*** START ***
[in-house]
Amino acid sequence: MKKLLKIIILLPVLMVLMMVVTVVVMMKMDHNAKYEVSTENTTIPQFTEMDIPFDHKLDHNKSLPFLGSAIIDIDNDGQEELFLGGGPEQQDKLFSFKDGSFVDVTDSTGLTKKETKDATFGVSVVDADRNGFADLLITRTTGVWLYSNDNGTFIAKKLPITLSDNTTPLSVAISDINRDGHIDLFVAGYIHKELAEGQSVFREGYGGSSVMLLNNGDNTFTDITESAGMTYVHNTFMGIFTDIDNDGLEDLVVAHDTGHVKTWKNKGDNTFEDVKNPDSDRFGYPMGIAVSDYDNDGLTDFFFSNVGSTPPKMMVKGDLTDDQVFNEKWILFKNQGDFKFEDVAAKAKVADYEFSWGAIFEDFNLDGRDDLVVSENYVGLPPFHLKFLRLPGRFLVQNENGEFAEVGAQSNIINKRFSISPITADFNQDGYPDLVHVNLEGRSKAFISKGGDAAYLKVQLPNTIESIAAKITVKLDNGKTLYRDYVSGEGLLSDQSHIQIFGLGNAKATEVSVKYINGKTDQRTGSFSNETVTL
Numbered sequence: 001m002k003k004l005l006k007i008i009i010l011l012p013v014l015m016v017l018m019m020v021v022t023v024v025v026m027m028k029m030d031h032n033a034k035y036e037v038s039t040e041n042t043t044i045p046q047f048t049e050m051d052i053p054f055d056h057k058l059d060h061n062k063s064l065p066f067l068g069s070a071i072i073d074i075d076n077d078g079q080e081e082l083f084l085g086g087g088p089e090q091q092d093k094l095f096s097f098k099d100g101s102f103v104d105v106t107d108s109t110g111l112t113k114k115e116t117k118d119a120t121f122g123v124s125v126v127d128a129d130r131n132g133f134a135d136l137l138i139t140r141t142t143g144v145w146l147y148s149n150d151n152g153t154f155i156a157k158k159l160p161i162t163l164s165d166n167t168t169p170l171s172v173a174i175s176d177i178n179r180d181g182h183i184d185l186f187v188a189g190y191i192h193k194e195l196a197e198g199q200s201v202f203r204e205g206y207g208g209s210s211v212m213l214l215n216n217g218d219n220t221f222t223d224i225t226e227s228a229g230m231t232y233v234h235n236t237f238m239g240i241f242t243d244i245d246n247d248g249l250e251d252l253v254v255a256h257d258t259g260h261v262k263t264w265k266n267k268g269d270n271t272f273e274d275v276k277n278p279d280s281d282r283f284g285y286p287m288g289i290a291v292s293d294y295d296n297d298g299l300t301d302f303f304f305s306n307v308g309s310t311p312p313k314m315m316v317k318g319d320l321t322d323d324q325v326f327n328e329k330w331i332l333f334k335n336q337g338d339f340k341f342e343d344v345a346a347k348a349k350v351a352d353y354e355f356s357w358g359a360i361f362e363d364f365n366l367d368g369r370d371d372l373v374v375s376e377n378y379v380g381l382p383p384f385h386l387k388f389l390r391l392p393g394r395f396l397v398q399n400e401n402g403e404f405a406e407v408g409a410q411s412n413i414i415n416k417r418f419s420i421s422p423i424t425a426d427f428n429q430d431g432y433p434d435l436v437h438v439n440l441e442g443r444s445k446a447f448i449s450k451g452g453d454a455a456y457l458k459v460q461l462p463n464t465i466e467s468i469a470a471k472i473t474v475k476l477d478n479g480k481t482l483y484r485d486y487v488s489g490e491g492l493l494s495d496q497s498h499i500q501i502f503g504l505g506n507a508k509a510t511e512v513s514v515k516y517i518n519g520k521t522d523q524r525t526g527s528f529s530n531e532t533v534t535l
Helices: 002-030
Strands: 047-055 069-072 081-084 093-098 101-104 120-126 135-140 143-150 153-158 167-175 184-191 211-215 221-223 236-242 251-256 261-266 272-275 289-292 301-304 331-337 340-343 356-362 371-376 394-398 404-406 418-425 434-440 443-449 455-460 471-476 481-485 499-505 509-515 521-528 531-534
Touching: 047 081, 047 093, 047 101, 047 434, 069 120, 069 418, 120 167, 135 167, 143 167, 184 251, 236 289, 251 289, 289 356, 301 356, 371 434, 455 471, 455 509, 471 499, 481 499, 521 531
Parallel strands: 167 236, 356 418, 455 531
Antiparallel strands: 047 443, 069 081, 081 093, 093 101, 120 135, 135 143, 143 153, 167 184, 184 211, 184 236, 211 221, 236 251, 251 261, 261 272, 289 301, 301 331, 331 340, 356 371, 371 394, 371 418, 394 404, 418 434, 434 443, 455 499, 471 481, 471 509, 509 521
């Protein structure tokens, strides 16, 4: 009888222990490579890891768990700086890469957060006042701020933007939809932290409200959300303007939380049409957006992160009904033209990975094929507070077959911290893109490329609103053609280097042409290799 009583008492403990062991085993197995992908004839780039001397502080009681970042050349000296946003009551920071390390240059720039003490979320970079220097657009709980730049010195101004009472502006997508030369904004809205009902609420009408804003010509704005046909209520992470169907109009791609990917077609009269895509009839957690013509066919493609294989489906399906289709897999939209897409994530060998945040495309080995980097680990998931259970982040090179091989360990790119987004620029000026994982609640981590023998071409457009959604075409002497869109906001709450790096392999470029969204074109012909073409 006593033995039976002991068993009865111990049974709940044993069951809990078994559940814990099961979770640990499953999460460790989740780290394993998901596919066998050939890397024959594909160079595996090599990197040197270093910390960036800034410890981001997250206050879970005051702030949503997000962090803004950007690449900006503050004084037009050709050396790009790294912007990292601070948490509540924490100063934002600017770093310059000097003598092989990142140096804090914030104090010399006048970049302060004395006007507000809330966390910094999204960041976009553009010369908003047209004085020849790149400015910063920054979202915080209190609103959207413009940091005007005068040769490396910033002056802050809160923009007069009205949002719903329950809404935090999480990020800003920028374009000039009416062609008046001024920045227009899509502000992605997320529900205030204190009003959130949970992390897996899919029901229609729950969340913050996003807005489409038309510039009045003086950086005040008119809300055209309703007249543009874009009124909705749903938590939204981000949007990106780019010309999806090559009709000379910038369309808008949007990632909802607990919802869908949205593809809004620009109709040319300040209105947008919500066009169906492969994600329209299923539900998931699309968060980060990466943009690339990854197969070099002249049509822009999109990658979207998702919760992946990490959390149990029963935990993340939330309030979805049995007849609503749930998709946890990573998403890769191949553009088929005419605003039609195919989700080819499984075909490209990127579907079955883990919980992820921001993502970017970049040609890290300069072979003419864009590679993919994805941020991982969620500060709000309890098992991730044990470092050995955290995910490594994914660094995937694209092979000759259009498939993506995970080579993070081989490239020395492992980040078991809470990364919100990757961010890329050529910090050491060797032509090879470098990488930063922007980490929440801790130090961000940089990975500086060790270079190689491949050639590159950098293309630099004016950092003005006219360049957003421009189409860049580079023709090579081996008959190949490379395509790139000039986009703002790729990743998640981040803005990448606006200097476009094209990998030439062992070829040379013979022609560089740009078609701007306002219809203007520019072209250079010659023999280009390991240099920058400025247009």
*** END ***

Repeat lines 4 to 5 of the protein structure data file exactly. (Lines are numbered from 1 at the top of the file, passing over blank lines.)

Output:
Helices: 002-030
Strands: 047-055 069-072 081-084 093-098 101-104 120-126 135-140 143-150 153-158 167-175 184-191 211-215 221-223 236-242 251-256 261-266 272-275 289-292 301-304 331-337 340-343 356-362 371-376 394-398 404-406 418-425 434-440 443-449 455-460 471-476 481-485 499-505 509-515 521-528 531-534